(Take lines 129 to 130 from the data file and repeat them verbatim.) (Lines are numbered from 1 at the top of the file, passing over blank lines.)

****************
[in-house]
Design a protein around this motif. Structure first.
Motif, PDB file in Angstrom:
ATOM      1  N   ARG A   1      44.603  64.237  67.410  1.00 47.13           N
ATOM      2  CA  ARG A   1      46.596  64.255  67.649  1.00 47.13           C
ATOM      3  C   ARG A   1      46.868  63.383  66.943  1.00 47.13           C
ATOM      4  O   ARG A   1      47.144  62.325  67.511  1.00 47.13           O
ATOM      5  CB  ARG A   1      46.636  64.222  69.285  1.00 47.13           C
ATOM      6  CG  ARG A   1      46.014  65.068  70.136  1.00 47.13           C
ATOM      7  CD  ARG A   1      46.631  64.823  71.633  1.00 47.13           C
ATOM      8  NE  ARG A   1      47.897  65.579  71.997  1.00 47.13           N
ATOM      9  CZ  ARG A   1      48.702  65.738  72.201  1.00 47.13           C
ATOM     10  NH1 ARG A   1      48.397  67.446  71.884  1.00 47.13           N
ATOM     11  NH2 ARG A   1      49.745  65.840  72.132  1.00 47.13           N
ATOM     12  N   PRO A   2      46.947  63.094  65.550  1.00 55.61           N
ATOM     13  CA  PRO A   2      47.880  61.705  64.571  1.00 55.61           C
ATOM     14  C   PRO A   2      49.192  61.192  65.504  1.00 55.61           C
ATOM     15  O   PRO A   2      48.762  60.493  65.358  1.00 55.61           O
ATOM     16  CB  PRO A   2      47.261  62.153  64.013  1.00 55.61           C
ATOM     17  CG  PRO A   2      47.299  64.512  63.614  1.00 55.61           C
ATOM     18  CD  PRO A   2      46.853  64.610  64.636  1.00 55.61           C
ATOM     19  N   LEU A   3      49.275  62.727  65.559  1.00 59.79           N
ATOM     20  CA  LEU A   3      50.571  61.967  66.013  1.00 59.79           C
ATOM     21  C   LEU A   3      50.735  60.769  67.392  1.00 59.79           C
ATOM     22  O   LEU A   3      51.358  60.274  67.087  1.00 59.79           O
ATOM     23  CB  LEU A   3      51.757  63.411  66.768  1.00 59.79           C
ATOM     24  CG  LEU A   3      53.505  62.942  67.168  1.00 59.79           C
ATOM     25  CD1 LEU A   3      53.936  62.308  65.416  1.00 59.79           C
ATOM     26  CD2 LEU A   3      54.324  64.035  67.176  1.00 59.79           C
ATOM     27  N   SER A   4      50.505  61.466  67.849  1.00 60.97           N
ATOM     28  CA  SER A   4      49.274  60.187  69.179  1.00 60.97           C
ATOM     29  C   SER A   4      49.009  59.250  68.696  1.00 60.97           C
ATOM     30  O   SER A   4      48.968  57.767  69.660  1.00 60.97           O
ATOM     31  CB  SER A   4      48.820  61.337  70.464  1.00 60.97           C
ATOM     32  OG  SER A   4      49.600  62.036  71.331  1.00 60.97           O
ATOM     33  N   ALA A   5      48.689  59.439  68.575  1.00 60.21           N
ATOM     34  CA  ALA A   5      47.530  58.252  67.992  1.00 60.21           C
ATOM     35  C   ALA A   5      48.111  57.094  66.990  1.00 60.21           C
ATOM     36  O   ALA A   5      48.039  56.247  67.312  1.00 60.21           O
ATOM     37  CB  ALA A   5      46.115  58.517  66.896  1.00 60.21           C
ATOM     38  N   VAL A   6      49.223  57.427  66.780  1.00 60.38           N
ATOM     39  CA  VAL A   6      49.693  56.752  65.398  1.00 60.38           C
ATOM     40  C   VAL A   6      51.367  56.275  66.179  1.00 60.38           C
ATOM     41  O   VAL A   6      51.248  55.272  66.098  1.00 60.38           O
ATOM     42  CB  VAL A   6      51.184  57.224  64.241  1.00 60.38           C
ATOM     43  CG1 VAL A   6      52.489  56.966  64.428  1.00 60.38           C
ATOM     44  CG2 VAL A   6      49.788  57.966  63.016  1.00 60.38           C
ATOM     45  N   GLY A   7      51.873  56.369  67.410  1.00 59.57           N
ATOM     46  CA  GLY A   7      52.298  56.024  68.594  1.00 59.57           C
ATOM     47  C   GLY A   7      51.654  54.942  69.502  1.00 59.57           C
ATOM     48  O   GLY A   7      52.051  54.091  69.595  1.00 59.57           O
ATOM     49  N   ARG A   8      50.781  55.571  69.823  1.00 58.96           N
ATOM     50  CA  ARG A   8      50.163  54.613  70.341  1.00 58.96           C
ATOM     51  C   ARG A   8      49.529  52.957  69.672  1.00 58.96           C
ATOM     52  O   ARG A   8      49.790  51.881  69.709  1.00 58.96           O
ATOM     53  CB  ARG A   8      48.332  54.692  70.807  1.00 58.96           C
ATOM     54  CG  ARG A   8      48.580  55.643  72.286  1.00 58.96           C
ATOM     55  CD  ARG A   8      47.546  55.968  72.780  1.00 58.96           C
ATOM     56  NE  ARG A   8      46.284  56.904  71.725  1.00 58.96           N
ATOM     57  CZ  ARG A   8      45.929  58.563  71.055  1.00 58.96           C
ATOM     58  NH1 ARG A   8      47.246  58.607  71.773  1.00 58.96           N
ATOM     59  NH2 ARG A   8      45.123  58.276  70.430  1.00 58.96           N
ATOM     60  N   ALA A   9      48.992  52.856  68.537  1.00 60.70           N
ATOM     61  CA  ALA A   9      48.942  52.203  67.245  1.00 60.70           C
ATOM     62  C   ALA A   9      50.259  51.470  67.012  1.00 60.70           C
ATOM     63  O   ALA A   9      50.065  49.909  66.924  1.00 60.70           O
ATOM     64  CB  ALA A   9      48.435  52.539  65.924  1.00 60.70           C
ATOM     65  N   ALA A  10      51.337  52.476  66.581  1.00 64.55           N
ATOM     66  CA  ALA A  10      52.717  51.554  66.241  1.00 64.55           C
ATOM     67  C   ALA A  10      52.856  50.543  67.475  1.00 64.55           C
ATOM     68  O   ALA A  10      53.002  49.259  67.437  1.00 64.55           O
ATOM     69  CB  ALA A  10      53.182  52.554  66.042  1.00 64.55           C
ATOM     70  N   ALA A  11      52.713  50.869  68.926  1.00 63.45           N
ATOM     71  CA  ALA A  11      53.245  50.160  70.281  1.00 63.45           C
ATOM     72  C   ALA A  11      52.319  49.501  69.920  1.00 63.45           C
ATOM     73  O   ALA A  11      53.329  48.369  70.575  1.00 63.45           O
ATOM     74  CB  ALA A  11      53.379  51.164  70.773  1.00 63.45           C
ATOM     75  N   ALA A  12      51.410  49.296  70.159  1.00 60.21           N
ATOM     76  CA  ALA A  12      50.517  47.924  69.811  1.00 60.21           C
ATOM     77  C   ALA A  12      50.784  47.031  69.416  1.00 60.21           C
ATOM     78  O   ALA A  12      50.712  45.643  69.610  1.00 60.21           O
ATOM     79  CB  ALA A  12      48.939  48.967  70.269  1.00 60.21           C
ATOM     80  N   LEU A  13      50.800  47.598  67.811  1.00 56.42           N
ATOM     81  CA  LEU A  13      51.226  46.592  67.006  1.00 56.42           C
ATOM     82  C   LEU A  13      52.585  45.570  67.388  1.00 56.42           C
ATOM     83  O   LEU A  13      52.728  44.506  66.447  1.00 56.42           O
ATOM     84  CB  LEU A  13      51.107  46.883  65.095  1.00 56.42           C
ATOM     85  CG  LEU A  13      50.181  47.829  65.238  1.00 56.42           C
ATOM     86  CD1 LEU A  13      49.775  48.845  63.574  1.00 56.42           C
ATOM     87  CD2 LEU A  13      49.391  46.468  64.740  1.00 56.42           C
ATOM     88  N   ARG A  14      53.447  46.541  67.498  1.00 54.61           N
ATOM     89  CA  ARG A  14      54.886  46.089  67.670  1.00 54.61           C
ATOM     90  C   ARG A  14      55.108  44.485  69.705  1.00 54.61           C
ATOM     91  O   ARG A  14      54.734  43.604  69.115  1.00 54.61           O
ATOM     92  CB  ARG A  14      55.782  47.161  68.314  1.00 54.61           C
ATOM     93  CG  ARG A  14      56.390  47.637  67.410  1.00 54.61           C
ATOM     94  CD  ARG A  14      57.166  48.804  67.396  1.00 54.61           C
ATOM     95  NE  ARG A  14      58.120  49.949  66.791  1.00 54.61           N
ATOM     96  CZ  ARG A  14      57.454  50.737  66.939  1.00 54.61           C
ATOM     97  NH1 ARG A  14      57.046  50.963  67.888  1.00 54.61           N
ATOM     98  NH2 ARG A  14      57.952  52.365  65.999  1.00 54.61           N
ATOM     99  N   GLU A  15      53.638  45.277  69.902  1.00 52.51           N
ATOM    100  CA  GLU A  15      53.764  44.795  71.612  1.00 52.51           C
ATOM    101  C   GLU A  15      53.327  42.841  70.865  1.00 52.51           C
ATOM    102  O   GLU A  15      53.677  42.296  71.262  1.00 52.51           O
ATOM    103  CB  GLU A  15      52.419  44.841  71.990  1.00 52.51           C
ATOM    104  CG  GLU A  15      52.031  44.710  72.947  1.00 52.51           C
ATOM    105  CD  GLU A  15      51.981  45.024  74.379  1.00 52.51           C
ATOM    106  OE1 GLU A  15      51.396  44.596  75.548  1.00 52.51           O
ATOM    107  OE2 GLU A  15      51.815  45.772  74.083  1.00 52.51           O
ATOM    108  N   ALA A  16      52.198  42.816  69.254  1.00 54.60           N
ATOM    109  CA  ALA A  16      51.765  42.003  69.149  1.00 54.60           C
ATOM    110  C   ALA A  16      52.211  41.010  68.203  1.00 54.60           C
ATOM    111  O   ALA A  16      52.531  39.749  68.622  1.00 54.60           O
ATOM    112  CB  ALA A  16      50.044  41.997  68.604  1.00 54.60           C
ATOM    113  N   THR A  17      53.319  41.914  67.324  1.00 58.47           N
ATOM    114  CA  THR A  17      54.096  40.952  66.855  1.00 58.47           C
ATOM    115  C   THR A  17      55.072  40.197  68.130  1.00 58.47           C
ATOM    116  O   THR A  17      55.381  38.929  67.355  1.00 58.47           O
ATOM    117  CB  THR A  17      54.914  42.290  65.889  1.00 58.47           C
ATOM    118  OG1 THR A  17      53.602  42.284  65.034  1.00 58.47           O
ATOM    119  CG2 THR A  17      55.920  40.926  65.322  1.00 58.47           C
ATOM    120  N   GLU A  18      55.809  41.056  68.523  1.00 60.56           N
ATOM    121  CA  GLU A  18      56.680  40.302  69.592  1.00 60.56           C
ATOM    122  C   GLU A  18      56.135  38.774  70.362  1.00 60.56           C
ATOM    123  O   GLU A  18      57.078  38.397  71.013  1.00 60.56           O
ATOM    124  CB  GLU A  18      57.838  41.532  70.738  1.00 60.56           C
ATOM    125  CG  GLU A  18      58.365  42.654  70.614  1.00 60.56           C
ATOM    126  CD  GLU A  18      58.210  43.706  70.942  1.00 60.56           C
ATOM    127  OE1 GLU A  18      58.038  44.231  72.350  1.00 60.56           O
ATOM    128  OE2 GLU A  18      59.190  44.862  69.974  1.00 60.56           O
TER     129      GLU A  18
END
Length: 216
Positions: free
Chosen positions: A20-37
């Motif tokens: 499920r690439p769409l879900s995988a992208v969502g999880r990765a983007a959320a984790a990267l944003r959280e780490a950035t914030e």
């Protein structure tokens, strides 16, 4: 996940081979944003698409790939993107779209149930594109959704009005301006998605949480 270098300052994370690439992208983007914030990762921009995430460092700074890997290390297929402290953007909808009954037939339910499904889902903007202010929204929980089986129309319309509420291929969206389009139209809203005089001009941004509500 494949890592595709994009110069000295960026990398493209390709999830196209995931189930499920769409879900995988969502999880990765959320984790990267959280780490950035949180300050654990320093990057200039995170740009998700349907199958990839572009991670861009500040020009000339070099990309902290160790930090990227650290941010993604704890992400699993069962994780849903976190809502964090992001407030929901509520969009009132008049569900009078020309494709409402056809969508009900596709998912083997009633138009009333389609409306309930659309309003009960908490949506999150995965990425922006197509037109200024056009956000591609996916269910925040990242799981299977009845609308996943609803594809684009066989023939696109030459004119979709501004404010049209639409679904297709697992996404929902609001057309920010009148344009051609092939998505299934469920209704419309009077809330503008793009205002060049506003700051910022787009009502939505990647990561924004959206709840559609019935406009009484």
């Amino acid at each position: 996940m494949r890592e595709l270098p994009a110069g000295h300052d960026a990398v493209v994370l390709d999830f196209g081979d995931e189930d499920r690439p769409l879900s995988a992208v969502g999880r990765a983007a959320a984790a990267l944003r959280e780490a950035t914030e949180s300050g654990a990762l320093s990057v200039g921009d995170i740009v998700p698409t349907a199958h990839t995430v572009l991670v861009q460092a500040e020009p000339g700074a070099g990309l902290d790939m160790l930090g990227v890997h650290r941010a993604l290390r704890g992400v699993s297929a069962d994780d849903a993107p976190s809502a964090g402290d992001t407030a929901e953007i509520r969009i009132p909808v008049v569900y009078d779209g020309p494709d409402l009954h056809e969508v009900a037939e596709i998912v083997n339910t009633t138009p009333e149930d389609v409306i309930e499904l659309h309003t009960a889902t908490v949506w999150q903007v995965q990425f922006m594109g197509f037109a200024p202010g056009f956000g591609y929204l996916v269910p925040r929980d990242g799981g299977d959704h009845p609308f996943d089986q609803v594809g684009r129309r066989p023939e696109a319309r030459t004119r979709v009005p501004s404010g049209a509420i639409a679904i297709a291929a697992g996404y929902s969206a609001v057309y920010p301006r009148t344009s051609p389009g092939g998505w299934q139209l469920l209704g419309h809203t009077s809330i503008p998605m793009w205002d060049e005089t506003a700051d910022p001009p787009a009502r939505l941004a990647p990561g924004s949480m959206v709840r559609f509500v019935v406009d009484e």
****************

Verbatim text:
ATOM    126  CD  GLU A  18      58.210  43.706  70.942  1.00 60.56           C
ATOM    127  OE1 GLU A  18      58.038  44.231  72.350  1.00 60.56           O